On Thursday, Maldives’ corruption oversight body released findings of its investigation into the largest corruption scandal in the country’s history. A 2015 audit of the state-run Maldives Marketing and Public Relations Corporation (MMPRC) revealed a hole of MVR 1.3 billion, which we now know was embezzled out of the company through a series of transactions.
The Anti-Corruption Commission’s (ACC) 700-page report on their investigation into this embezzlement identifies 155 individuals who received the funds; the names include parliamentarians, as well as senior officials of previous and current governments.
The investigation does a decent trace and identification of cash flow but the report fails to state how the holders of these accounts, who knew of large deposits to their account from a company linked to the MMPRC scandal, are complicit in the embezzlement, or even if they are.
This ambiguity has allowed those involved to offer an explanation, the most common of which has been that the money they received is from a currency exchange deal, that has to be believed at face value by anyone who wishes to offer them the benefit of the doubt.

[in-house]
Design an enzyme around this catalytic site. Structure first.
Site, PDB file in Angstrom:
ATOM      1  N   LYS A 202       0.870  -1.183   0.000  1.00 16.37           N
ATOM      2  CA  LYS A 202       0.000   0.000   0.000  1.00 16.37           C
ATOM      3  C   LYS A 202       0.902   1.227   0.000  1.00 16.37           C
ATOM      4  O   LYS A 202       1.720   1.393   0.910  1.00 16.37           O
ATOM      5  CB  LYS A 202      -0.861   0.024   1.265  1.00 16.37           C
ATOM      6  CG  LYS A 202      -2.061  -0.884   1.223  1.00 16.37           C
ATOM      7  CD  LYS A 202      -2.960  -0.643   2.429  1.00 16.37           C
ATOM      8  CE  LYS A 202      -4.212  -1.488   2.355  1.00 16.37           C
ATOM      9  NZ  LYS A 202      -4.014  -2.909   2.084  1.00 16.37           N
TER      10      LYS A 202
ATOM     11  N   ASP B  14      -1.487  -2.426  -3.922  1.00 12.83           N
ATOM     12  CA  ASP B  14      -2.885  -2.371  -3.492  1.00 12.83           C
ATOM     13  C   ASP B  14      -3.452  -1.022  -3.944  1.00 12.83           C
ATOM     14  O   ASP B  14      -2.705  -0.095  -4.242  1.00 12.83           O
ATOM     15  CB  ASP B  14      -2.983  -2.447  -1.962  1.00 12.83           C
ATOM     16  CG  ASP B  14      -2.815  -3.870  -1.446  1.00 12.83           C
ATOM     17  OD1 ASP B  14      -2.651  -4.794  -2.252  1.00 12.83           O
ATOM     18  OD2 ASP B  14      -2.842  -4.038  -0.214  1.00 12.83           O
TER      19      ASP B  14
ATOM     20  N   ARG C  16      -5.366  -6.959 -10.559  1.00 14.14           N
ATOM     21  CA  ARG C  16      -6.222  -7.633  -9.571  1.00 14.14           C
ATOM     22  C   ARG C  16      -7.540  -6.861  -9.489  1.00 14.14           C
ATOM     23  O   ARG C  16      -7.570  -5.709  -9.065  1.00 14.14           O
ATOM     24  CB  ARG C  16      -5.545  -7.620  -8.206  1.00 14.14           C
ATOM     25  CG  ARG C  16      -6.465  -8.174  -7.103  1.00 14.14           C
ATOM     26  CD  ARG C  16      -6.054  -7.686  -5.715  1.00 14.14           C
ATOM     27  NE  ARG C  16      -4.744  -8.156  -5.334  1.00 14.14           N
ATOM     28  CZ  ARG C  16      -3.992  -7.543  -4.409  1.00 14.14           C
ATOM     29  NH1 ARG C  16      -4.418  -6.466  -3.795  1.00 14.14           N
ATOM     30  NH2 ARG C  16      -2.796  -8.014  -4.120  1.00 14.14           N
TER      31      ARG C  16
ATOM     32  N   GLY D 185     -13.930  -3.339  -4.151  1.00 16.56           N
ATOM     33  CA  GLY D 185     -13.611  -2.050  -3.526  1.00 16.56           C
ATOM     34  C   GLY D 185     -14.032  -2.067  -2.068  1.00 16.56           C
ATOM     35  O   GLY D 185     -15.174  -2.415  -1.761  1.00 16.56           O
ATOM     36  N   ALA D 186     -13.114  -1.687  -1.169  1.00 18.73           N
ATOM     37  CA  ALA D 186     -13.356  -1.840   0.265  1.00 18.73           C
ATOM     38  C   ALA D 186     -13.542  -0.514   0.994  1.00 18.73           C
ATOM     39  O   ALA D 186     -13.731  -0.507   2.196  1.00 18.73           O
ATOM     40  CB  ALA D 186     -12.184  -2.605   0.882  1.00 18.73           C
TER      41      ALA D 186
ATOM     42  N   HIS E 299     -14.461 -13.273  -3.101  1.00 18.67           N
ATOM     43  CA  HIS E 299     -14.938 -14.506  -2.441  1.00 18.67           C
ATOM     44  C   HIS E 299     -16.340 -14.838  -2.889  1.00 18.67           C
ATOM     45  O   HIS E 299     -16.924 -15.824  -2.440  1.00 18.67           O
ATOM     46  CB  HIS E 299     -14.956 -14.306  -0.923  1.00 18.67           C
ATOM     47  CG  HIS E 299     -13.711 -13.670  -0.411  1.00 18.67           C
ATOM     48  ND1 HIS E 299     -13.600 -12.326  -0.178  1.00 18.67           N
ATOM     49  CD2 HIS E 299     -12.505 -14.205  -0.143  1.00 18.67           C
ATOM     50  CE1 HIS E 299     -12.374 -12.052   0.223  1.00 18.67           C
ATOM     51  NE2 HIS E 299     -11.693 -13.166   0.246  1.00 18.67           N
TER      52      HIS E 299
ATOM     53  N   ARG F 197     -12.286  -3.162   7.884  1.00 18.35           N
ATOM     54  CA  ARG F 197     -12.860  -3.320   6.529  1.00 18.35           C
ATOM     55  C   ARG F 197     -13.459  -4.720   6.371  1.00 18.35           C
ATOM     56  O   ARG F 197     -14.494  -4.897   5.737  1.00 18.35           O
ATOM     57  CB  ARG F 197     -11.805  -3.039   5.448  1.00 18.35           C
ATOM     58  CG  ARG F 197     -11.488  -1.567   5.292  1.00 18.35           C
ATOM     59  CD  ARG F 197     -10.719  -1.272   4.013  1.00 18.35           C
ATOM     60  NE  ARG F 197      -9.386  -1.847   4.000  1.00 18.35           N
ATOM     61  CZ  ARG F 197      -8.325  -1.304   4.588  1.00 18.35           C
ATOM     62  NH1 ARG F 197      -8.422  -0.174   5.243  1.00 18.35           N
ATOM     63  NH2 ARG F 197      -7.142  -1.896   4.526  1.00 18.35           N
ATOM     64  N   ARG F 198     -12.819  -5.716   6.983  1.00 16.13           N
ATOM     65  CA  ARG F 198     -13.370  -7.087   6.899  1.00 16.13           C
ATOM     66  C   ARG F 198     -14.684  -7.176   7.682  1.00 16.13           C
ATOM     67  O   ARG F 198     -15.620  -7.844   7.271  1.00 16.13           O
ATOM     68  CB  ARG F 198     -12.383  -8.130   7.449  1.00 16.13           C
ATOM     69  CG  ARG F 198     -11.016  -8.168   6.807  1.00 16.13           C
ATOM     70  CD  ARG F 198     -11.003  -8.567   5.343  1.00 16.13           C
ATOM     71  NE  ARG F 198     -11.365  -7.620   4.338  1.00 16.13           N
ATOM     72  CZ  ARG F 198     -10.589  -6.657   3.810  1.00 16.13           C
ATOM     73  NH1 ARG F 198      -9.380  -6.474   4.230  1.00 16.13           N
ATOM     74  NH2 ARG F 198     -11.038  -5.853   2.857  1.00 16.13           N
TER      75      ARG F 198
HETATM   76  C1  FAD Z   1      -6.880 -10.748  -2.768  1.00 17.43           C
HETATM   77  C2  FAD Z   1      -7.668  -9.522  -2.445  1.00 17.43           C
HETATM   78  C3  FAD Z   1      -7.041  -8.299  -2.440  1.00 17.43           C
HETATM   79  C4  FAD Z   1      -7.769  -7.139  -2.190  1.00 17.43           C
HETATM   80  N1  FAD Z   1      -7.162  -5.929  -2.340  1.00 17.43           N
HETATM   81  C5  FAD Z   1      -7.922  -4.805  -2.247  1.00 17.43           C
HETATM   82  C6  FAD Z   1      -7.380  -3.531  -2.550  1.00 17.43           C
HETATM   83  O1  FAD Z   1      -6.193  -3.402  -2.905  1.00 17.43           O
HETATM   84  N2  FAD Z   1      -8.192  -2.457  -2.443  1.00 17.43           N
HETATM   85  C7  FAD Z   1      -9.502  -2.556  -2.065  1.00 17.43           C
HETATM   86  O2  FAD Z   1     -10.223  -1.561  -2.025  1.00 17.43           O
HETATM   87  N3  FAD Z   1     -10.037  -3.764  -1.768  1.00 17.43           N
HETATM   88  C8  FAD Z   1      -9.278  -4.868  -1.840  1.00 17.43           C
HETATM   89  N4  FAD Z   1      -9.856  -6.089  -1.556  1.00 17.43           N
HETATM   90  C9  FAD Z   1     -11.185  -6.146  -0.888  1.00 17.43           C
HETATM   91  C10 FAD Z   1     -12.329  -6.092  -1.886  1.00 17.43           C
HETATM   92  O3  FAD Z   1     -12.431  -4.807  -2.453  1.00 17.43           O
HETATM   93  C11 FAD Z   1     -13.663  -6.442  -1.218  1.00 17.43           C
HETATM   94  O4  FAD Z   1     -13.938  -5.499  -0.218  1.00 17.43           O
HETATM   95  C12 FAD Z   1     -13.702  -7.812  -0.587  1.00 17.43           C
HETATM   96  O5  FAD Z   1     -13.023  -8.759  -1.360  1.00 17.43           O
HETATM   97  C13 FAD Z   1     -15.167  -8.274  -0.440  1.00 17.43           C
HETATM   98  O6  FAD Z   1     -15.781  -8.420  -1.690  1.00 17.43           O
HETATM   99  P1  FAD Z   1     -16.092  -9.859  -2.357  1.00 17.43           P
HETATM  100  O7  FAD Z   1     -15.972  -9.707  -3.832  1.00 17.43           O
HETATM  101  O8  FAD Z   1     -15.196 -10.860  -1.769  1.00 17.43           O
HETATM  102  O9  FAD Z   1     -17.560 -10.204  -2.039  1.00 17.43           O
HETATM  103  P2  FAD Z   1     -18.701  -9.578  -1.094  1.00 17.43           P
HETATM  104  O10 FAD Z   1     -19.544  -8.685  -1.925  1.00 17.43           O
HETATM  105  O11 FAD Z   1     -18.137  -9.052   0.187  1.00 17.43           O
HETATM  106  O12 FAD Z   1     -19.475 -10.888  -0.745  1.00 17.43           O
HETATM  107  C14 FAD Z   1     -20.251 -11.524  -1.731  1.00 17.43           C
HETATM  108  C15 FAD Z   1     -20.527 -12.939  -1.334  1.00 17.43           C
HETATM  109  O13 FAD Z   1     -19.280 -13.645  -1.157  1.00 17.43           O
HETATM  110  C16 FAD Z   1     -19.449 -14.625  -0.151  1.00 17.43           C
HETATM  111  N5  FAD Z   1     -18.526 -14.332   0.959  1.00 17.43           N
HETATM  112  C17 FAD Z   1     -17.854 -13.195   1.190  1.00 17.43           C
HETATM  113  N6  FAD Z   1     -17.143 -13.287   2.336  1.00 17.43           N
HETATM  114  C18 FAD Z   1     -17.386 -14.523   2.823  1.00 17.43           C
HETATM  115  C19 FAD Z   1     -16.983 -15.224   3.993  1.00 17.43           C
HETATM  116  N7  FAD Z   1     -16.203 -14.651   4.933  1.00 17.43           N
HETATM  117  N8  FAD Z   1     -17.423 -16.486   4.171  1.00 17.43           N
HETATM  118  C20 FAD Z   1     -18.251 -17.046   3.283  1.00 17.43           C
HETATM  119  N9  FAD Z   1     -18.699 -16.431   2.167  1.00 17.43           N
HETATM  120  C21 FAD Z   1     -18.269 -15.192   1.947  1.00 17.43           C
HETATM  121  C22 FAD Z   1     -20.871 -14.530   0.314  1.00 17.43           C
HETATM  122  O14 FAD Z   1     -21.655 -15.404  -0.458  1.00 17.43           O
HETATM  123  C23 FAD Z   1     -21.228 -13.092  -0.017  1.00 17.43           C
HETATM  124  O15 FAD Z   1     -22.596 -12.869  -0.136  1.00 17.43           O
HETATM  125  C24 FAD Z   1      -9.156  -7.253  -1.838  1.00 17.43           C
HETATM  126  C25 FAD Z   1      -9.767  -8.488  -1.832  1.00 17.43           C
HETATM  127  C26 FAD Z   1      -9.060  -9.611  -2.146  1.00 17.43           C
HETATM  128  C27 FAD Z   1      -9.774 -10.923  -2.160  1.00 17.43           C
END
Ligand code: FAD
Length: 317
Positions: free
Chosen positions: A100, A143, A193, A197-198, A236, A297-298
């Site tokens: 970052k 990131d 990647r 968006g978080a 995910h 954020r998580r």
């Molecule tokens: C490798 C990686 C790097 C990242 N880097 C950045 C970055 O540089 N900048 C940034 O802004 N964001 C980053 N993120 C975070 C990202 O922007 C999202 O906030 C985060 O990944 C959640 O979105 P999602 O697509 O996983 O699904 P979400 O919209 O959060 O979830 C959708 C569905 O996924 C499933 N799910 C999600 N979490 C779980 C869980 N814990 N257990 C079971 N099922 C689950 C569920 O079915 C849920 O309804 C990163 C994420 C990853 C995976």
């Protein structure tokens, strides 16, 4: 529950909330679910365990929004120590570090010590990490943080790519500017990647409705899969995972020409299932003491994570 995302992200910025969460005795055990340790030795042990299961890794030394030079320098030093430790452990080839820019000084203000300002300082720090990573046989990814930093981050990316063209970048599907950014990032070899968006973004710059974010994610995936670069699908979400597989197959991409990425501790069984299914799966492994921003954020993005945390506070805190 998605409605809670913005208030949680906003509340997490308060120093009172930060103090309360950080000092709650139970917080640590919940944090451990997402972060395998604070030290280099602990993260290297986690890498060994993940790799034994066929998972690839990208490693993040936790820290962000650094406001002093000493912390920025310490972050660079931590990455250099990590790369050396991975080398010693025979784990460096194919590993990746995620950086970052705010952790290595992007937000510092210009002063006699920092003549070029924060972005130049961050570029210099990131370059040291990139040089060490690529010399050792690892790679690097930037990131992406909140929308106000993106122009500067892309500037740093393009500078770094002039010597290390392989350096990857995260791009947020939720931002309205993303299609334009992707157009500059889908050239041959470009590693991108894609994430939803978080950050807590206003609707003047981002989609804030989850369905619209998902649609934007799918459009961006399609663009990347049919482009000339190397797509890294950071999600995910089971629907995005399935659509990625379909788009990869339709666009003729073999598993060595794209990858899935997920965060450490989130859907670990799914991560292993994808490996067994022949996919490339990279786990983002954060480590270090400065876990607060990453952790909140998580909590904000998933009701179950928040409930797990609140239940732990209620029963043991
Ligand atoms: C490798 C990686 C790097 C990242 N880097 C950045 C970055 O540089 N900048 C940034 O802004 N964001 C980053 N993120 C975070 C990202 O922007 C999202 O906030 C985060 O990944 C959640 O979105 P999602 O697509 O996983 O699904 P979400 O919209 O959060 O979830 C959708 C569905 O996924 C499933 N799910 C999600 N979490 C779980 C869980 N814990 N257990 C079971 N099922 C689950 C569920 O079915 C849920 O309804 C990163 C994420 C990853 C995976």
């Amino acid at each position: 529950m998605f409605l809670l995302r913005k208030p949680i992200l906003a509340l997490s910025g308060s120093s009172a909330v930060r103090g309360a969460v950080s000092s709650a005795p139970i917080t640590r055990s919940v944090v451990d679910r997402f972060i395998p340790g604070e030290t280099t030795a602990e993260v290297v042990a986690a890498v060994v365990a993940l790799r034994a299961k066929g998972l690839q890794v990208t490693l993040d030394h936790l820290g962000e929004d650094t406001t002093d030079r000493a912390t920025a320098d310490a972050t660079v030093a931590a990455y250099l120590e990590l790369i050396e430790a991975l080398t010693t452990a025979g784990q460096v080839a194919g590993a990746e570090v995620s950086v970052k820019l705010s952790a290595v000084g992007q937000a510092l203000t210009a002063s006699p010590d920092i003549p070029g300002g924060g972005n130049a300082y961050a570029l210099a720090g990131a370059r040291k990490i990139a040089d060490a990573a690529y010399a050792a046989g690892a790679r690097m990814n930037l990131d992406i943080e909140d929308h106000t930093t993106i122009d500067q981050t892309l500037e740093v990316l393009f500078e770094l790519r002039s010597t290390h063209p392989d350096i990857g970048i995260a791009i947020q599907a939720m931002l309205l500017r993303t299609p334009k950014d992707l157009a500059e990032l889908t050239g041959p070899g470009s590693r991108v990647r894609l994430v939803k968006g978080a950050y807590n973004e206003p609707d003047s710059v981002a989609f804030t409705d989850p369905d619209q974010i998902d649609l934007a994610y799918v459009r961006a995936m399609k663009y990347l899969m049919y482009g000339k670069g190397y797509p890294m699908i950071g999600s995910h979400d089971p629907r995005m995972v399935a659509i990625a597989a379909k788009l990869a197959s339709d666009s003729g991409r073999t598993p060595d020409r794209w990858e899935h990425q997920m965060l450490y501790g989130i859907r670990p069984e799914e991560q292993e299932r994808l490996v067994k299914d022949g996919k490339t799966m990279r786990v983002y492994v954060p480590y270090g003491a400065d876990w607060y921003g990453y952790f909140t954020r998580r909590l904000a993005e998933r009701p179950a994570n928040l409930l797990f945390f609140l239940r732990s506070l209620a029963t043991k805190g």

ACC says they have asked the Maldives Police Service to form a joint investigation team, a request that has been pending since 2017. This has impeded the commission’s capacity to identify the scope of responsibility for those involved.
The corruption watchdog also expressed concern in the report over the Prosecutor General’s Office refusing to raise charges over the findings of its investigation; the ACC identifies prosecutors having raised charges in only one case of over 70 it has forwarded.
ACC also identified the leasing of one of the largest hotels in capital city Malé for 50 years as another potentially corrupt deal involving the MMPRC, but the Prosecutor General’s Office had refused to raise charges.
Since complete independence, statutory institutions are believed to be heavily influenced by the central government, and these institutions as well as local courts appear to have taken a heel-faced turn, freeing political prisoners whose appeals were previously denied and launching investigations over allegations previously turned a deaf ear to. It is a shame that that a statutory watchdog’s investigation into the most scandalous financial event in Maldivian history was impeded by the state’s own weakness.
It is clear that the ACC’s investigation was retarded by an institutional response to it, but a process has now begun, with head of the central bank’s Financial Investigation Unit Athif Shakoor being summoned for parliamentary questioning and former president Abdulla Yameen being scrutinized for the million dollars deposited to his account.